Lately, I’ve taken up boxing training in my gym. It’s a great way to practice timing and rhythm, and is actually a good aerobic workout. Of course, after a long work day, I can put any number of adversaries on that punching bag and let loose. But punching that stand-up bag has led to some insights around the golf swing as well. What I’ve found is the shorter the punch, the more powerful the impact on the bag. With golf, it means the more in control the backswing, the more connected the swing is, leading to a more forceful blow at impact. If you bring your arms and hands up too high, they have a tendency to separate from the core, and lose power by leaving the proper swing plane. This is particularly true on uphill holes, hitting big shots over water, and generally trying to take on more shot than you can handle. The mind gets involved by sending signals that you’d better lengthen the swing, or swing harder, or widen the arc of the swing in order to conquer the chasm ahead. That signal fools the body into thinking that it must swing faster, and so the arms leave the sanctum of the core to gain a longer arc. The conditioning is centered in the cerebral cortex which has learned that the arms are the main source of power in the body. As boxers show, they are not.
The boxer powers into a punch with a low center of gravity, strong and supple legs, good breathing technique, and a combination of strong arms connected to a solid, muscular core. The short jab is the boxer’s chief artillery, used to soften and wear out his opponent over the course of numerous rounds. The effective golfer knows that the arms and core have to work in coordination, neither overtaking the other. Miguel Angel Jimenez is a good example of this. Close to turning 50 and just recently winning his 20th worldwide victory, he generates great power as the arms stay within the confines of his core and shoulder turn. Fully coiled at the top of his backswing, the downswing is smooth and unhurried, taking full advantage of the uncoiling of his upper body. What results is a powerful jab that creates a drive that is sufficiently long and accurate (see his swing below). Lee Westwood also comes to mind as a golfer with a boxer’s move to the ball.
Foot and leg work is also vital in boxing, as Mohammed Ali used to show us. Dance like a butterfly: Sting like a bee. In golf, Jack Nicklaus was the model for how the legs can generate power, and do so without the danger of over-rotating the hips. I was fortunate enough to see Jack play in his prime and witnessed close up those high, long, slightly fading drives which set him up for yet another great angle into the green. His strong thighs were the engines of his swing as they drove the upper body into the impact area. Jack drove it as far back in his day as many pros do now with all the high-tech equipment. In his swing, the right knee was key in his initial move towards impact. That initiated a whip-like move that got the clubhead accelerating towards the coup de grace while maintaining the balance of a boxer.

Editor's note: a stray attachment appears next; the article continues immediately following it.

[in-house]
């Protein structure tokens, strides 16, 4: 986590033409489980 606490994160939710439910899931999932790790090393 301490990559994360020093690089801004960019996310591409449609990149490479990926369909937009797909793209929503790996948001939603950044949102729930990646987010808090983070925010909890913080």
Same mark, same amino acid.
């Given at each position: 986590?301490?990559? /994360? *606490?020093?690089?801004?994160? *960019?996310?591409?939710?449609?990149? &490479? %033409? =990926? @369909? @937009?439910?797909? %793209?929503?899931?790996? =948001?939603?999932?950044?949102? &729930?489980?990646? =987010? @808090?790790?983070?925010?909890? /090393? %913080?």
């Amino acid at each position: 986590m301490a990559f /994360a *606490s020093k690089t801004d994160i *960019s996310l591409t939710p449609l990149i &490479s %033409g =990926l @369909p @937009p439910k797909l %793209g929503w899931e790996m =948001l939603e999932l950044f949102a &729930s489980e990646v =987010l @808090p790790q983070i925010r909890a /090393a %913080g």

Nicklaus, too, had the attitude of a boxer, although, as far as I know, he never actually boxed. He and one his adversaries, Raymond Floyd, had that stare that could intimidate opponents and get them second guessing. A boxer aims to create doubt and hesitation, even starting this at the weigh-in with verbal jabs and threats. A golfer can use the same intensity by bearing down, concentrating, and delivering an impressive shot to create a bit of insecurity in their playing partners. Lee Trevino, also a great “boxing” golfer, talked up a storm until he fired his shot. One of the best shotmakers of all times, he intimidated and humbled his opponents.
There are no practice swings in boxing. The boxer is confident of his or her ability to land a punch or protect themselves from receiving a punch. They can take a punch and come back and give one in the next instant. No tears. No tangles. You get knocked down? Get up, if you can, without complaint, and return to the ring, trying your best to find a strategy that helps you forget past failures and stay in the moment. As I’ve mentioned in a previous post, the last ace I scored came immediately after a double bogey.
Nelson Mandela was an amateur boxer in his youth, and, on a personal note, so was my father, Big Mo Altschuler (“Don’t say no Mo,” he joked to a radio interviewer). On much different levels, they both had failures and successes, but at the core, they both took on life like boxers would: getting in the ring, punching, getting up, punching some more, risking, staying optimistic, and impressing everyone they ever came in contact with as someone to treat with respect and admiration. Mandela eventually left prison after 27 years confinement, and went on to knock out apartheid in South Africa as its first democratically elected president. My father was a great builder of houses in post-war America. Big Mo was too often humiliated by golf so he gave up the game, giving his teenaged son his set of Bobby Jones Signature clubs.
Of course, golf gives me the opportunity to apply my boxing skills without getting my head bashed in. It’s a gentler sport–a sport where the only contact involved is the camaraderie between players. Like boxing, it’s a physical sport since you’re trying to coax your body into doing things it may be uncomfortable with. But unlike boxing, it’s more a mental and strategic sport that involves factors far removed from an indoor boxing ring. Still, you may want to try to improve your golf game by assuming the attitude, courage, and physical conditioning, to a degree, of a boxer, imagining your clubhead coming into the impact area from the inside, delivering an uppercut knockout punch to that dimpled pill.